By David Rosenbaum
How can organizations perform organizational assessment to better support enterprise transformation? Leyla Abdimomunova, who will graduate from MIT’s System Design and Management in September 2010, with a master’s in engineering and management, has conducted her thesis research to address this question.
Photo by L. Barry Hetherington
Abdimomunova is working with the MIT Lean Advancement Institute’s (LAI) Lean Enterprise Self-Assessment Tool (LESAT). Organizations use LESAT to prepare for transformation by examining their effectiveness, efficiency, and viability, assessing their capabilities in leadership, product lifecycle processes, and support functions. Today, Adbimomunova is bringing her professional experience and SDM education in engineering, management, and systems thinking to create an assessment process that incentivizes an organization’s behavior and maximizes the assessment’s benefits.
Noting that Lean has come to be associated with the reengineering of manufacturing processes, Abdimomunova points out that the notion of Lean Enterprise applies to a broad range of industries. In healthcare, for example, “the goal is to deliver the best care. But right now, various departments in a hospital are often isolated from each other. That creates problems when patients receive conflicting treatments or undergo duplicate procedures. This drives up overall health care costs.
“Fixing this and helping healthcare and other organizations improve themselves, comes down to enterprise architecting – aligning the processes within an organization with its strategy, capabilities, and market conditions. It’s what we learn about in SDM.”
Abdimomunova grew up in Kazakhstan where the economic and political system went through dramatic changes over the last two decades. Studying Mathematical Linguistics at St. Petersburg State University, she remembers fearing for her family’s safety during the riots of 1986 and people clutching food cards, waiting in endless lines to enter stores stocked only with empty shelves right before 1991, when the USSR fell.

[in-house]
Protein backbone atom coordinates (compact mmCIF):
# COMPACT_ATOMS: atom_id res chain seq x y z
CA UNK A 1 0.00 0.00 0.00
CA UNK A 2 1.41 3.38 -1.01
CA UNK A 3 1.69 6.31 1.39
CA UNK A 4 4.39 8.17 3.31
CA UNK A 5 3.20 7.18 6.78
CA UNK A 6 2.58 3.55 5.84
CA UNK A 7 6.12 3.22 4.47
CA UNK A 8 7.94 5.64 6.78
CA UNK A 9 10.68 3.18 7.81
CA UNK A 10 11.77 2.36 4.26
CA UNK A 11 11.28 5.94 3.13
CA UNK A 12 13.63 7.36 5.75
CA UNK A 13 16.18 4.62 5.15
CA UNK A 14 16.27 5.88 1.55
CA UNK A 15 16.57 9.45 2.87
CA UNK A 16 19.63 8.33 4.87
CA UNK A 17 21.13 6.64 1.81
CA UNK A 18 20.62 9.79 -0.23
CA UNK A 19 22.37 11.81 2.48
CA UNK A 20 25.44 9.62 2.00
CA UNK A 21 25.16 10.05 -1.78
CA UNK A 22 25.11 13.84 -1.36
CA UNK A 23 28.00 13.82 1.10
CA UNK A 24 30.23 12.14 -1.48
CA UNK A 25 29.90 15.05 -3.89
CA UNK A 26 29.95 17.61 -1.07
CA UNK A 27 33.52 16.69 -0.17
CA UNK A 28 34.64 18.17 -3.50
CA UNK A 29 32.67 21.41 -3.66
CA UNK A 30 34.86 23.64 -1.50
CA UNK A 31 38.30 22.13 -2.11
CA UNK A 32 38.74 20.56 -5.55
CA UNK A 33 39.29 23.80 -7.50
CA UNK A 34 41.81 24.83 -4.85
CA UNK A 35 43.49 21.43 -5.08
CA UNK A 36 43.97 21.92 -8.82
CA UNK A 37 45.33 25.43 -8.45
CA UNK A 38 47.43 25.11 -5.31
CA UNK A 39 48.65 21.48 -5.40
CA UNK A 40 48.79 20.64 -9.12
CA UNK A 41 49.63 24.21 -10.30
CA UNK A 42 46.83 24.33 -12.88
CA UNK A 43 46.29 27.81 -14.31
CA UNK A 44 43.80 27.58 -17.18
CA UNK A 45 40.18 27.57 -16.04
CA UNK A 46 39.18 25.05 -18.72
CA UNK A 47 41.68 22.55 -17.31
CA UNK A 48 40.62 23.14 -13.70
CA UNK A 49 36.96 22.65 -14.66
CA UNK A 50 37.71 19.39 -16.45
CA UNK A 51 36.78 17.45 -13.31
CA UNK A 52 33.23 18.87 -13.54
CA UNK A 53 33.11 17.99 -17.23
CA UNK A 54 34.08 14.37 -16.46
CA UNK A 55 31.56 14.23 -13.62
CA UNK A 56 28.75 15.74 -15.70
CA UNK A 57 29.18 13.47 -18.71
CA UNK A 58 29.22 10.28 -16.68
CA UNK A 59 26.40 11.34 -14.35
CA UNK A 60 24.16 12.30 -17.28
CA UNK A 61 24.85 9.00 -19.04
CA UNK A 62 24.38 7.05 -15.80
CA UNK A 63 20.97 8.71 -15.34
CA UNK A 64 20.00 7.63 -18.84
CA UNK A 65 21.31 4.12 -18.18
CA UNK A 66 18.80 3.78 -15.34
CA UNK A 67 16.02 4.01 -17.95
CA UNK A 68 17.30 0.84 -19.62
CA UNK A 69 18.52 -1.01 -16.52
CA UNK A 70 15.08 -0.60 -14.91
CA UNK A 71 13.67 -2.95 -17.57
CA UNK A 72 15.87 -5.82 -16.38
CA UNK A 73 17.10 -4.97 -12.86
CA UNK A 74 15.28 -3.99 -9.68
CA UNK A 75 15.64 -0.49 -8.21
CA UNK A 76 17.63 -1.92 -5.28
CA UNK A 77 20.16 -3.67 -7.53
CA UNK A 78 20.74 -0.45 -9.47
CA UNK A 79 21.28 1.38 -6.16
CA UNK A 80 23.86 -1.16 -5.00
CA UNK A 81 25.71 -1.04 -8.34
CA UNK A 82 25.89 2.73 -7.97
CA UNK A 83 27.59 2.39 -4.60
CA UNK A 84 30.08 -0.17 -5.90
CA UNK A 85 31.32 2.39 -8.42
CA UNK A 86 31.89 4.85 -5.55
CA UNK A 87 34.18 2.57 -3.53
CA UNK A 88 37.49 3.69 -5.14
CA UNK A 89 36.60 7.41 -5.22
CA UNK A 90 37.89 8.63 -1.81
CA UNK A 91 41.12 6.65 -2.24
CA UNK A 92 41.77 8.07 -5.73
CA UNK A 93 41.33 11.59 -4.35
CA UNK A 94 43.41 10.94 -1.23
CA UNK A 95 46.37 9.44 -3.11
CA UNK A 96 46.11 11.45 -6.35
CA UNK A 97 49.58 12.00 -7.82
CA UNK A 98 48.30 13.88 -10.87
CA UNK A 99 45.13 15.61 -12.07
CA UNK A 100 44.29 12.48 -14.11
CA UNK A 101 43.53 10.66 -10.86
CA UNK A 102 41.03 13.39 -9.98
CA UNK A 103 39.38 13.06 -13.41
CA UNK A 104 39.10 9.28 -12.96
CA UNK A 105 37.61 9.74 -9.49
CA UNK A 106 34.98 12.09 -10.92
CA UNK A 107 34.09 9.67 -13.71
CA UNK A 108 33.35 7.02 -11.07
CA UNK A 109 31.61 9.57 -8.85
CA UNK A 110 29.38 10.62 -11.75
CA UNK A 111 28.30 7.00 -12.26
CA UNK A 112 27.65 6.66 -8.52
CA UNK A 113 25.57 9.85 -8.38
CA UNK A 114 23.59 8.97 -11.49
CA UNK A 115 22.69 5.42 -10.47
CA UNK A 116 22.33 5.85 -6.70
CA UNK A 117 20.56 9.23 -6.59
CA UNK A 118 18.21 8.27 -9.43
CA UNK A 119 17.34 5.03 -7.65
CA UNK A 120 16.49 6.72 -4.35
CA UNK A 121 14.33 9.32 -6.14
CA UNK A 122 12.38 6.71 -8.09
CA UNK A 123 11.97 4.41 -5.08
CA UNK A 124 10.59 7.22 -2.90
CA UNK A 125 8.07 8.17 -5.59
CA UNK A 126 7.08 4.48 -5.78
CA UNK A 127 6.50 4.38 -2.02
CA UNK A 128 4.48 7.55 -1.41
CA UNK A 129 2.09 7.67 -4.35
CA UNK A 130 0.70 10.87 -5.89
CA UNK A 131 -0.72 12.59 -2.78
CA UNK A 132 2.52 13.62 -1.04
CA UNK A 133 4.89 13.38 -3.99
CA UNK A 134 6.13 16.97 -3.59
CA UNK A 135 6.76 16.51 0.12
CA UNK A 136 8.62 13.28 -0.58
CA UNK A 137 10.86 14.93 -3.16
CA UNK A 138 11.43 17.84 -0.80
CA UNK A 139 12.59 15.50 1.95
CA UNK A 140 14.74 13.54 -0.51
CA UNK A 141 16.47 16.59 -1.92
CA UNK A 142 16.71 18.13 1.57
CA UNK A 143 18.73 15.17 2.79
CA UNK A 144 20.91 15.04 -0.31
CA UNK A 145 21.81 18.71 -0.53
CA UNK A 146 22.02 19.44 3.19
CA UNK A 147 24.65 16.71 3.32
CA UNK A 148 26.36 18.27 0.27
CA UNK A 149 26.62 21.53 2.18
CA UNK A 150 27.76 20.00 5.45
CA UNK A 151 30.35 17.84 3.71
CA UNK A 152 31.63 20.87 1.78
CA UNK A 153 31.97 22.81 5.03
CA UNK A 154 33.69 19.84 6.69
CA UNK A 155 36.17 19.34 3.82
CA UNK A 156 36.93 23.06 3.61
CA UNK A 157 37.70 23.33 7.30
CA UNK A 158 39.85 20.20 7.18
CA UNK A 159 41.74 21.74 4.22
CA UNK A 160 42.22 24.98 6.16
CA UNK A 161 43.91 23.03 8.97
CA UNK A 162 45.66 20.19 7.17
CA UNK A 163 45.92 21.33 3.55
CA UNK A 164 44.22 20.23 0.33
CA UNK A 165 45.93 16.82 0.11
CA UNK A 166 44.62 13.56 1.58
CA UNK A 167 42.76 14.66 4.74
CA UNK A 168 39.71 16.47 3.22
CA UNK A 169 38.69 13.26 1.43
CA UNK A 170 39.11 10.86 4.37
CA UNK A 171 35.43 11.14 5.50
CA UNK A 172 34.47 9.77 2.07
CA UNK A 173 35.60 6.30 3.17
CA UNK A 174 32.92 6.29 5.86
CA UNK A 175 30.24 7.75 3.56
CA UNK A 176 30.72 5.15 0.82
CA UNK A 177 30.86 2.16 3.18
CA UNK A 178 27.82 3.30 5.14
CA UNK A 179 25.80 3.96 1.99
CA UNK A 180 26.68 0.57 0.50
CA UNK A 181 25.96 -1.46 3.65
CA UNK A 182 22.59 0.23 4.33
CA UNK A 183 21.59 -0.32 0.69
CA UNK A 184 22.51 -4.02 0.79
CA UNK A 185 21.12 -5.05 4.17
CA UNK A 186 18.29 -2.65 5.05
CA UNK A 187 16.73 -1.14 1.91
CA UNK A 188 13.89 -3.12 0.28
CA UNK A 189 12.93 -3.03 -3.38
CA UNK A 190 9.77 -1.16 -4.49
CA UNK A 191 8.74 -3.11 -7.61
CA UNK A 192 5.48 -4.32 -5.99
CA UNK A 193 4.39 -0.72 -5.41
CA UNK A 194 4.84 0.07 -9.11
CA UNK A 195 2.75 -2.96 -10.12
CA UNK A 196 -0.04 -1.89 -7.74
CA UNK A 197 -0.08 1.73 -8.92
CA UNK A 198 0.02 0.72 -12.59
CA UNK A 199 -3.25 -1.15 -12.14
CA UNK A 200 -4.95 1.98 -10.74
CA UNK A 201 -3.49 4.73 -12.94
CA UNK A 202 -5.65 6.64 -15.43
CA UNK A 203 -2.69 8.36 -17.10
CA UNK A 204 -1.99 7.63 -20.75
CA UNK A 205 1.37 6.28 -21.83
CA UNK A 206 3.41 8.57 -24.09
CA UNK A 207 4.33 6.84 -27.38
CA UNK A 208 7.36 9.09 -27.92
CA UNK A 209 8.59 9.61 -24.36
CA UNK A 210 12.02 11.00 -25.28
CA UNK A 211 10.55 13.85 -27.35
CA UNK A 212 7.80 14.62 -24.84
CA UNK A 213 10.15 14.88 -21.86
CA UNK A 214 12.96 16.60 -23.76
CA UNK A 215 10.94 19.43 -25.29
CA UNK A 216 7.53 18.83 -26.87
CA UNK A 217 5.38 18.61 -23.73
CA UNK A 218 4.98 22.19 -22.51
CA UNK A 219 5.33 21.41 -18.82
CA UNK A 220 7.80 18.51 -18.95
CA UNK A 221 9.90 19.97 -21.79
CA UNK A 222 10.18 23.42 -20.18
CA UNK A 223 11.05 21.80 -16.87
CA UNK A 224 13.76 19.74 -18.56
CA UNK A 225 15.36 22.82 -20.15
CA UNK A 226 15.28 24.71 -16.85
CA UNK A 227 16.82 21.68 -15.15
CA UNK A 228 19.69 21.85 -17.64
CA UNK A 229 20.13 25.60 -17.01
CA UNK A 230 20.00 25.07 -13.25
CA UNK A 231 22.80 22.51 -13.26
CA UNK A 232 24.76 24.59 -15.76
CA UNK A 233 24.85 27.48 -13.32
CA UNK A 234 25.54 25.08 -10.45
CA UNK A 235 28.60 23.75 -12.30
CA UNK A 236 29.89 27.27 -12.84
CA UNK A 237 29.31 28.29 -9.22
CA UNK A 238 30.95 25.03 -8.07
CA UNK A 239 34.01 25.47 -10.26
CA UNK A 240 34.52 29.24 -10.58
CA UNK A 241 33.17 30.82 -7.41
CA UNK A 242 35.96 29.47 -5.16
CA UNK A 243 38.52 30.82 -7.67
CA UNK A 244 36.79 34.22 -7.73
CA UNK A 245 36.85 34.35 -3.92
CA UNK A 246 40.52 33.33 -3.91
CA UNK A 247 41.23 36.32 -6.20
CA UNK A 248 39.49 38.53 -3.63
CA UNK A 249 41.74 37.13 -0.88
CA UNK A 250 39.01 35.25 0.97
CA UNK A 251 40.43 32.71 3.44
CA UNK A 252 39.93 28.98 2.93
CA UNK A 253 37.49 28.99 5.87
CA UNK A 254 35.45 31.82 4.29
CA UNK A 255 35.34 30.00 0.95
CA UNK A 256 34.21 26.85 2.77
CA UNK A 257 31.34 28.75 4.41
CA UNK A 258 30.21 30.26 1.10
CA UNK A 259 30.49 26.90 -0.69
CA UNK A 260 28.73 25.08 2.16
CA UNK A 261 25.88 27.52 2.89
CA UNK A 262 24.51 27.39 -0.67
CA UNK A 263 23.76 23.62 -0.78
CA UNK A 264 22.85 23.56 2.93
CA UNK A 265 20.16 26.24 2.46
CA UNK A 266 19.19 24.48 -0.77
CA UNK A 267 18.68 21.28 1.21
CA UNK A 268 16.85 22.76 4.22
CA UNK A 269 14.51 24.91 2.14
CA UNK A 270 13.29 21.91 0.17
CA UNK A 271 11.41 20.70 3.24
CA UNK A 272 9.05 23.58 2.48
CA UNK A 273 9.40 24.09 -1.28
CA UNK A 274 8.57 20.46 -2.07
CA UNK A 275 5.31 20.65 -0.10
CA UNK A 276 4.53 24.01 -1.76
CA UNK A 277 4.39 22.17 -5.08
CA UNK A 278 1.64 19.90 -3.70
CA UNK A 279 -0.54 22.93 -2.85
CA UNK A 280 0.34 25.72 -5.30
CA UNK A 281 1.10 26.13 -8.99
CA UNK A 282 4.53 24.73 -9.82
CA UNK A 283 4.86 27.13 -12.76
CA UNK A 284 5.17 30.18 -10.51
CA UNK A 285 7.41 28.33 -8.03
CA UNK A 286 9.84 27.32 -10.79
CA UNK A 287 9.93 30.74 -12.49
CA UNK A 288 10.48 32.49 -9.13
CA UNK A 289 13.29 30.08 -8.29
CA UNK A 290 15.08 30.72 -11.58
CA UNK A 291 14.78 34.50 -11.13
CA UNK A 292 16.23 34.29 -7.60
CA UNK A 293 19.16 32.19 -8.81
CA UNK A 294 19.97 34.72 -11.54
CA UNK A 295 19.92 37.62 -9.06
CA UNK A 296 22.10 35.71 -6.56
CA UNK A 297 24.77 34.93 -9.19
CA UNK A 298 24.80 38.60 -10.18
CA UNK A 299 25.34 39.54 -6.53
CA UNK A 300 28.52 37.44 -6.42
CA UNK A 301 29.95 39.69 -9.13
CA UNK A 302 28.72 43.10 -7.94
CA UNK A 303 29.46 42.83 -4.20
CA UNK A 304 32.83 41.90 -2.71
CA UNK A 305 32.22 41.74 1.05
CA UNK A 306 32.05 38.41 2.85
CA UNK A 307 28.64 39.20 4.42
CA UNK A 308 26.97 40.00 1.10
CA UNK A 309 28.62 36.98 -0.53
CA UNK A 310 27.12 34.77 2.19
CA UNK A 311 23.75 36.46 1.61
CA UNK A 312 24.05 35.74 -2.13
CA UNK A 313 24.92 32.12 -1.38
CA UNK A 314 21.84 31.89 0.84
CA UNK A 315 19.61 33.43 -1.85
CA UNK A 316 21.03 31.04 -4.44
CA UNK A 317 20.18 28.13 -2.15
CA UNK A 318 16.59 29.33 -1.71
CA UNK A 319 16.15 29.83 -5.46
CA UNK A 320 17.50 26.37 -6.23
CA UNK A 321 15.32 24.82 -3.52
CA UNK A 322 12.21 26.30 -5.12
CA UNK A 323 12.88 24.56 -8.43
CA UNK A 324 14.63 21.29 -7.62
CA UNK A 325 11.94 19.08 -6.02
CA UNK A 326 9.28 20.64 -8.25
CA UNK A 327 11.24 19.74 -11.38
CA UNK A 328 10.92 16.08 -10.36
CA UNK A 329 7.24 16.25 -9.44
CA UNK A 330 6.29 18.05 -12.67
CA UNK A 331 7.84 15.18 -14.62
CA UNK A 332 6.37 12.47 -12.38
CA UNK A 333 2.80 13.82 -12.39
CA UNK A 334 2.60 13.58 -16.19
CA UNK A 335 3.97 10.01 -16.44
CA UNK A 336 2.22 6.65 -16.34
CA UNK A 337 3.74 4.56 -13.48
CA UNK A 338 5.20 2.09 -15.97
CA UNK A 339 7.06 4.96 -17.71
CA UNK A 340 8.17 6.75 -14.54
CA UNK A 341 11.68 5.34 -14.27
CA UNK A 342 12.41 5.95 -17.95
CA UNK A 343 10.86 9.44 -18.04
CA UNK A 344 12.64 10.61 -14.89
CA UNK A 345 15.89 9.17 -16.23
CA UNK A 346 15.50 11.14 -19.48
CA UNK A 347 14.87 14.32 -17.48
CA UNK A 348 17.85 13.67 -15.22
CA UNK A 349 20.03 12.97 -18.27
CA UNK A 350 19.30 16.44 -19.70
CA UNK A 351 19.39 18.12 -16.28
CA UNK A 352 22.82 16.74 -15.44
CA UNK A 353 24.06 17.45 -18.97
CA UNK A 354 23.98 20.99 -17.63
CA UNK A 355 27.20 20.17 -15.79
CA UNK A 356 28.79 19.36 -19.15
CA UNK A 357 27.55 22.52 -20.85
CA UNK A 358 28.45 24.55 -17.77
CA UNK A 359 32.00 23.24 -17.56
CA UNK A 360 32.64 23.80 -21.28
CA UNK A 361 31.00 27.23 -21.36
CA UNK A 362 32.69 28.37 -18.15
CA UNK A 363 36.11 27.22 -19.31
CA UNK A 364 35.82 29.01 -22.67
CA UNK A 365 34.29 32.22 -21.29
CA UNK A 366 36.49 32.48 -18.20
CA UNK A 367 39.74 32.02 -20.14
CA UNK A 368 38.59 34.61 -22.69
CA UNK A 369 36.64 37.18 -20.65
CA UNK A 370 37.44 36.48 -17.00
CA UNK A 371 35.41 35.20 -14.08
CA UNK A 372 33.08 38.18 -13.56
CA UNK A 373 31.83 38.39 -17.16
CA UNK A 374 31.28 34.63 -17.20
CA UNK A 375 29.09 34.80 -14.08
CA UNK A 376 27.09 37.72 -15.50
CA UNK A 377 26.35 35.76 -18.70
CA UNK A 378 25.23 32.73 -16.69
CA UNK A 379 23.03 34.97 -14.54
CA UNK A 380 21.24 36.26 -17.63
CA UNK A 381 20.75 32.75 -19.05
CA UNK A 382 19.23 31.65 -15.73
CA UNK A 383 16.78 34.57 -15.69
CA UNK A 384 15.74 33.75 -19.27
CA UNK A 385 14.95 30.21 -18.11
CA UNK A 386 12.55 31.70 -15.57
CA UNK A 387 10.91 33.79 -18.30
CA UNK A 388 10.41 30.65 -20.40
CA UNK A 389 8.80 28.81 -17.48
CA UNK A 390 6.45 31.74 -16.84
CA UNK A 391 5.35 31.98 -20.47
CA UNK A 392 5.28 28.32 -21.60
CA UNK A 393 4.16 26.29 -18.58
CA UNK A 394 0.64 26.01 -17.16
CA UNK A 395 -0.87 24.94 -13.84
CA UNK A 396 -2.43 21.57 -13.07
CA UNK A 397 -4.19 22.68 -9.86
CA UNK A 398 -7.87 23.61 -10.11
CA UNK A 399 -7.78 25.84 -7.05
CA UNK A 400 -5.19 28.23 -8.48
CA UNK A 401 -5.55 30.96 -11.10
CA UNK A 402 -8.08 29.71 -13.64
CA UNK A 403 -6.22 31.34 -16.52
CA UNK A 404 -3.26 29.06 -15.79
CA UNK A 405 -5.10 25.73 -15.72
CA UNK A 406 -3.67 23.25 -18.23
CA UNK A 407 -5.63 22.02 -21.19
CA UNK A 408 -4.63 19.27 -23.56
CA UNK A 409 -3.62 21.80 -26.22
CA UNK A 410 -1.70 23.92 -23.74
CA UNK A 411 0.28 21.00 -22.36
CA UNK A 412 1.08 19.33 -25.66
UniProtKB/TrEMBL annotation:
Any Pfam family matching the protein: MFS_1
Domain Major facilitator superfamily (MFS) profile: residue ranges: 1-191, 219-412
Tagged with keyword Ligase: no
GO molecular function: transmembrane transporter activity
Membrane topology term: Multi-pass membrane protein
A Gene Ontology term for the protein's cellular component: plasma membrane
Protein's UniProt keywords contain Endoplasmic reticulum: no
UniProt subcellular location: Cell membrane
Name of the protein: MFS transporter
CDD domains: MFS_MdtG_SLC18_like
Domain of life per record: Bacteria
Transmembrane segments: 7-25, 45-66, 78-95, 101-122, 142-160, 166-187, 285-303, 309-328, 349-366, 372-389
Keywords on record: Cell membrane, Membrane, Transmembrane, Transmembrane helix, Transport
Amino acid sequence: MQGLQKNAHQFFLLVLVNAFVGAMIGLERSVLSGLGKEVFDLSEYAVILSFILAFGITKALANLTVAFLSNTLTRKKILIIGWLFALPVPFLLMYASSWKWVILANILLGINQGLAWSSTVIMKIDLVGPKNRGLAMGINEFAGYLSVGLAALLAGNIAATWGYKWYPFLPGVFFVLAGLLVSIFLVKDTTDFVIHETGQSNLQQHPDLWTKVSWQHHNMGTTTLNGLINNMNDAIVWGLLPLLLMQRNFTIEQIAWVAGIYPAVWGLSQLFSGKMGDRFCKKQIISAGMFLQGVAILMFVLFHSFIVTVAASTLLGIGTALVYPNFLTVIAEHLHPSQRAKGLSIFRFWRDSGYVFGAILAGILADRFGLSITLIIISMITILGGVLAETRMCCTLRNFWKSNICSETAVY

“People weren’t ready” for a market economy, says Abdimomunova. “Under communism, the economic planning bureau, Gosplan, determined everything: how much should be produced; where it should be sold; the price.” Joining the European Bank for Reconstruction and Development after receiving her MBA from the Indiana University Kelly School of Business, Abdimomunova worked equally with entrepreneurs and policy makers to ensure that companies are able to produce competitive products and services and that government policies create an environment that promotes capital investment and best business practices.
Abdimomunova came to MIT’s System Design and Management Program because she realized that the “financial grounding” her MBA provided was insufficient to affect change. She needed, she says, “to learn to look at problems from a holistic point of view, to understand how a change in one part of a system affects others.”
Because she was not educated as an engineer, Abdimomunova said she had concern about coming to MIT. “On the first day of the program, I felt at a disadvantage because I was surrounded by engineers,” she says. “But soon after classes started, I realized that I think like an engineer.”
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